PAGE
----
According to some scientists, watching horror movies might have some evolutionary benefit in the response to life-threatening situations.
A new study claims that the amount of a clotting protein, Factor VIII, increases in our blood when we become frightened. They speculate that an increase in clotting agents could help the body prepare for blood loss during life-threatening situations.
Researchers from Leiden University Medical Center in Netherlands took 24 healthy volunteers, all under 30. Out of them, 14 watched a horror movie, then an educational movie a week later; the other ten watched the educational movie, followed by the horror movie the following week.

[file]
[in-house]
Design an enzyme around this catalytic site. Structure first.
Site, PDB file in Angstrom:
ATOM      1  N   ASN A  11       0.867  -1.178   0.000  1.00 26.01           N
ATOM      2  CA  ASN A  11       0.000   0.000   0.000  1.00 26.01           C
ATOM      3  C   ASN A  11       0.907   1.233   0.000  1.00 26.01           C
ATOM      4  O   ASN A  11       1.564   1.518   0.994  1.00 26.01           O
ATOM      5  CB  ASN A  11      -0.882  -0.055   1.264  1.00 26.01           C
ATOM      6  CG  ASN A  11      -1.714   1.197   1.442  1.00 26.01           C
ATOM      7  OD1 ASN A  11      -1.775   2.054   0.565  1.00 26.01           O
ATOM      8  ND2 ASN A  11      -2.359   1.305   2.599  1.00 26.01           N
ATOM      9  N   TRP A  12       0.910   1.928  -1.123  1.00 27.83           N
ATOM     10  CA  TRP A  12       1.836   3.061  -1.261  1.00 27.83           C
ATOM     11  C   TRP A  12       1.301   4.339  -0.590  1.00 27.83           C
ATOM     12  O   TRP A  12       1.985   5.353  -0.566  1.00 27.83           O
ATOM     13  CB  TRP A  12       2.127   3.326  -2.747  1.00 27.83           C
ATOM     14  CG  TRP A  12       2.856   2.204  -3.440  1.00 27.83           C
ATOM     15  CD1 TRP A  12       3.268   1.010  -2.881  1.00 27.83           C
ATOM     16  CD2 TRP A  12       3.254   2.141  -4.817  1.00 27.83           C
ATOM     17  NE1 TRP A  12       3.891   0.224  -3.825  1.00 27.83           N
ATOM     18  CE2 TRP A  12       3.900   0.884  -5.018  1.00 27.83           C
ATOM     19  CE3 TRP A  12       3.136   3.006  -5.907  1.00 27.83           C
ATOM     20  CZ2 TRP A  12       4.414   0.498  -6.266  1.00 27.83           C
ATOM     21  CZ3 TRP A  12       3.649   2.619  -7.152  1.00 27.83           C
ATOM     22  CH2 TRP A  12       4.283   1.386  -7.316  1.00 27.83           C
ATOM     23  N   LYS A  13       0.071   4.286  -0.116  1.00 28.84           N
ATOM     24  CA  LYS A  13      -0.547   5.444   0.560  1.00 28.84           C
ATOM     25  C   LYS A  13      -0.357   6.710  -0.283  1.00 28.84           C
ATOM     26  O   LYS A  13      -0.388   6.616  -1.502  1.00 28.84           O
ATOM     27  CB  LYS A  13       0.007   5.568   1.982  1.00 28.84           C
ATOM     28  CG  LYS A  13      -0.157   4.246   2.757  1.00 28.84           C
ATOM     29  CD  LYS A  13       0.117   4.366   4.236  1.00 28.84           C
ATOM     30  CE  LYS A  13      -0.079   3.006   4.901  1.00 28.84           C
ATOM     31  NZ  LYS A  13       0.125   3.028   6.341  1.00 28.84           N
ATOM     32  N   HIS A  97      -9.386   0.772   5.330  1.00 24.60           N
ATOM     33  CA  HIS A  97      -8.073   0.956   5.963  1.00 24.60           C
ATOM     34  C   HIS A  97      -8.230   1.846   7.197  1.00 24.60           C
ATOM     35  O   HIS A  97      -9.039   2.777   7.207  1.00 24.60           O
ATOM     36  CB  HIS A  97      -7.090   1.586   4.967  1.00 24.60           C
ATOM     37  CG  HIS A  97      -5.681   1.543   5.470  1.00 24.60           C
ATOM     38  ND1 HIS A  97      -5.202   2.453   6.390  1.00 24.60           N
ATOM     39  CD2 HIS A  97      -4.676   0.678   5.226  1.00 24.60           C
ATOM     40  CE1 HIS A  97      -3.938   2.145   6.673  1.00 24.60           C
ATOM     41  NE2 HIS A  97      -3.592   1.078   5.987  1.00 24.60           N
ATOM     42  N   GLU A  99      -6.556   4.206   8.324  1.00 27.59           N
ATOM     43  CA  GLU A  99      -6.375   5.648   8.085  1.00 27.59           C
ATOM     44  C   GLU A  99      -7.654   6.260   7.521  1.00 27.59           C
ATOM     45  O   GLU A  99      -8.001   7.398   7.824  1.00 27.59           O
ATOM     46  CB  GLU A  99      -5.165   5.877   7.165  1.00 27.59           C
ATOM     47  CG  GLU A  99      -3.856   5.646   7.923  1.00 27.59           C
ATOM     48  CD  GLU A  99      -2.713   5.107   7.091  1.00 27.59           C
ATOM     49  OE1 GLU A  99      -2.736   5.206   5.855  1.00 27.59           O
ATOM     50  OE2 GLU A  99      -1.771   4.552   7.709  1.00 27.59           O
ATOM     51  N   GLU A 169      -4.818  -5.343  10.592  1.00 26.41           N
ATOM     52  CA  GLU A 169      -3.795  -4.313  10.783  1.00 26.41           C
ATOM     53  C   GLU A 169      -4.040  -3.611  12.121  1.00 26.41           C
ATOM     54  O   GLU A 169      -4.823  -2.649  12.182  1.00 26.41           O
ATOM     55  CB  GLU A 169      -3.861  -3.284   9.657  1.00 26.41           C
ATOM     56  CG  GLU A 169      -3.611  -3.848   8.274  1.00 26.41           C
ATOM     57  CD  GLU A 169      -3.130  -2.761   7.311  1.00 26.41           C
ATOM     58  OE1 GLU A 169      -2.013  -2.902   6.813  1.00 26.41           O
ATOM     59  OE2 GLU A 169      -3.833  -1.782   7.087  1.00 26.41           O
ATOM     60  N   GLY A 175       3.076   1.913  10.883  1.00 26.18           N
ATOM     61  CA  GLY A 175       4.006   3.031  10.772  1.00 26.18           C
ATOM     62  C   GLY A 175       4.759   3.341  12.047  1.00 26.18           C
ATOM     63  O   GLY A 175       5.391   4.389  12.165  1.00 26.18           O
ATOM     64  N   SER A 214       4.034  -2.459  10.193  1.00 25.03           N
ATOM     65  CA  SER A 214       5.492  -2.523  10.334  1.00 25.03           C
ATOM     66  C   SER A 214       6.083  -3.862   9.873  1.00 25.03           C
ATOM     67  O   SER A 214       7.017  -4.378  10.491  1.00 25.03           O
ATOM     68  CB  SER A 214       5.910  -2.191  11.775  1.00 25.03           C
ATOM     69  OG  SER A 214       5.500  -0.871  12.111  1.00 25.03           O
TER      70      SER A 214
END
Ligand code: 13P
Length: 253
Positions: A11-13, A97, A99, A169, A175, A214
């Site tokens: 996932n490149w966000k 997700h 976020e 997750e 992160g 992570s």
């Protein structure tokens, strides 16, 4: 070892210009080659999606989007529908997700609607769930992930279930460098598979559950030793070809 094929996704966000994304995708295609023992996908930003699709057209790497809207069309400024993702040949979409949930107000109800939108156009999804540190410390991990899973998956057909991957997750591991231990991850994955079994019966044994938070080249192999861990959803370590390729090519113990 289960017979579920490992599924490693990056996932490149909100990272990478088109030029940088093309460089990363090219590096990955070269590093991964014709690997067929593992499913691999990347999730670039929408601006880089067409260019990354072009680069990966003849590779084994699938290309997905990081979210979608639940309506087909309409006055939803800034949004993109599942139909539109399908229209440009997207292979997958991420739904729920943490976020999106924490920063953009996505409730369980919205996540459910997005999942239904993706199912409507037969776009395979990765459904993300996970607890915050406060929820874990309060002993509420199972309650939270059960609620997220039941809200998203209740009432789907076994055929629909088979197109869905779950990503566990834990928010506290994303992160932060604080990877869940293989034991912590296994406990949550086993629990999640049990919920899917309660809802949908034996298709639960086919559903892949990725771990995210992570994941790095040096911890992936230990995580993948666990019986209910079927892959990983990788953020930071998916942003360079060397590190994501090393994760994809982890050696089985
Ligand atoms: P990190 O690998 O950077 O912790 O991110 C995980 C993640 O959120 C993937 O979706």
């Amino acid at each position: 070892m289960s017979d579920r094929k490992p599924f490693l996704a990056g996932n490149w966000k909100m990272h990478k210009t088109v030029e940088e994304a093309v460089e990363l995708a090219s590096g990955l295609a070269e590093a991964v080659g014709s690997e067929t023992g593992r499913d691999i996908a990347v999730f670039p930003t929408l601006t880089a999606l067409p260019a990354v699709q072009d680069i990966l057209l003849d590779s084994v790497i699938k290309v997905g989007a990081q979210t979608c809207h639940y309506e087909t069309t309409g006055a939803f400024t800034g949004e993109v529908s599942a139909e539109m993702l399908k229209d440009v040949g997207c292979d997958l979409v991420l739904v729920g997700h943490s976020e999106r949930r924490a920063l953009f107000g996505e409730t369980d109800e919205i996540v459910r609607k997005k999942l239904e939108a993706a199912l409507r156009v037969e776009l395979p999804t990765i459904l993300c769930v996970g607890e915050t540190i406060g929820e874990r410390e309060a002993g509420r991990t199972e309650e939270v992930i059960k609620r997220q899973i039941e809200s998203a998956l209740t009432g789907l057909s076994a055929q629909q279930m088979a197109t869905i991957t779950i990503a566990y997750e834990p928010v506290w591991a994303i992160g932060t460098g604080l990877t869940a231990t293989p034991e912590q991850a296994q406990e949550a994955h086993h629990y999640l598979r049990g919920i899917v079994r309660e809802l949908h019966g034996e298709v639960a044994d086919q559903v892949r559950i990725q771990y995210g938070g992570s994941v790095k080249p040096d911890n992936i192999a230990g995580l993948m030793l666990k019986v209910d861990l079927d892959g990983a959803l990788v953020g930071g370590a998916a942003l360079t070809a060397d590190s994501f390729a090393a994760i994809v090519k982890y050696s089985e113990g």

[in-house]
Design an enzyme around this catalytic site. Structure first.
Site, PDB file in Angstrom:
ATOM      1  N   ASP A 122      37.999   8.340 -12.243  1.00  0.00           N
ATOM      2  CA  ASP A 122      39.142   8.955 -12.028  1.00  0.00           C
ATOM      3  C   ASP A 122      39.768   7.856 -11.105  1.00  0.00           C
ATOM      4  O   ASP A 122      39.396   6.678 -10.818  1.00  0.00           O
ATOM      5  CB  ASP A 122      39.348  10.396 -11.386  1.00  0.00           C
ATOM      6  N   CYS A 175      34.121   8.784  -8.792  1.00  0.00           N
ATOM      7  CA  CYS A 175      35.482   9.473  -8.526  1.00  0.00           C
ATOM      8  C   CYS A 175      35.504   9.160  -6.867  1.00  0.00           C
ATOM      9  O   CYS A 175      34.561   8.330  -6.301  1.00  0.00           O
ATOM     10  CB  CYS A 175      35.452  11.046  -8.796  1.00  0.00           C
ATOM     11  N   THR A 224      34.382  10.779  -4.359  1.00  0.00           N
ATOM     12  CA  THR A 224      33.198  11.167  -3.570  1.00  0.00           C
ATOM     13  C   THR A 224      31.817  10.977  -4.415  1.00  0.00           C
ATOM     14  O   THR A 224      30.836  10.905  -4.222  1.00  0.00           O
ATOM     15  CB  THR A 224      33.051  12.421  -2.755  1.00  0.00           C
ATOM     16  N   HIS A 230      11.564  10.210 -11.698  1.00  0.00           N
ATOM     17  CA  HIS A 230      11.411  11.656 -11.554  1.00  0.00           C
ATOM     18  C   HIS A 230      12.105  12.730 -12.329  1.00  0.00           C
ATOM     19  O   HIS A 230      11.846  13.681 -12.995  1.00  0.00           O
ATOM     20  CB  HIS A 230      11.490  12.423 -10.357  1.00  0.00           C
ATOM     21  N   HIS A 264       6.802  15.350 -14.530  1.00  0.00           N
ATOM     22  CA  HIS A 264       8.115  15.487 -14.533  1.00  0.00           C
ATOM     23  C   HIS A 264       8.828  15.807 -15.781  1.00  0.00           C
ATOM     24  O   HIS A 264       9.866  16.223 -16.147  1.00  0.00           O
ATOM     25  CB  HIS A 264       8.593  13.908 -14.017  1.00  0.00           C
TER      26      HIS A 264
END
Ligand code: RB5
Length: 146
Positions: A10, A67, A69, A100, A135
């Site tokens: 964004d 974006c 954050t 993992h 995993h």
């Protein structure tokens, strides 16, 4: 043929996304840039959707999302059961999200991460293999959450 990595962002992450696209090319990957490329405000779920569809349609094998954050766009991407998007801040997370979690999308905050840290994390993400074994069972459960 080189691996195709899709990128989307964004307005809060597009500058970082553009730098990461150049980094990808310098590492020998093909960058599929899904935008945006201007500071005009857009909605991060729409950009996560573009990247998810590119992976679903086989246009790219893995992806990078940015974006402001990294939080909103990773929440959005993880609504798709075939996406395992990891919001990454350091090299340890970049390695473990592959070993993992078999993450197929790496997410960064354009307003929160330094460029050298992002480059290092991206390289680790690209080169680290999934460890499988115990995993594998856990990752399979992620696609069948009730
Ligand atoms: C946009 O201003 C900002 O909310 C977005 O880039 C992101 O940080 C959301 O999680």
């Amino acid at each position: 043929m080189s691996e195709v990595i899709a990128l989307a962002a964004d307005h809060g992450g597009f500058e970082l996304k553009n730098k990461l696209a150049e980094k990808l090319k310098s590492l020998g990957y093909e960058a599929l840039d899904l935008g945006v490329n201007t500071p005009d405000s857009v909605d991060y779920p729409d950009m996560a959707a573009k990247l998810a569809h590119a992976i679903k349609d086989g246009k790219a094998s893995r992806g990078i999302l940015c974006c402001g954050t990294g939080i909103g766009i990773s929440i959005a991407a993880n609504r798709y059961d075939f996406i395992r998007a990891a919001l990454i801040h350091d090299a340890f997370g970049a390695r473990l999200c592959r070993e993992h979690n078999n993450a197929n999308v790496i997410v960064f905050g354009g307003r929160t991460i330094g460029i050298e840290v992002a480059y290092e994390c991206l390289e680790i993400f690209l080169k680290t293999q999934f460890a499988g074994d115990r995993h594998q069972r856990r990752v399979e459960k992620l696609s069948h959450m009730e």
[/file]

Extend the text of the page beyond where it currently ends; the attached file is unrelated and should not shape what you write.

Blood samples were taken before and after each viewing. According to the findings, the levels of the coagulant factor VIII in the blood increased in the majority of viewers during the horror movie, and decreased in the majority of viewers over the course of watching the educational movie.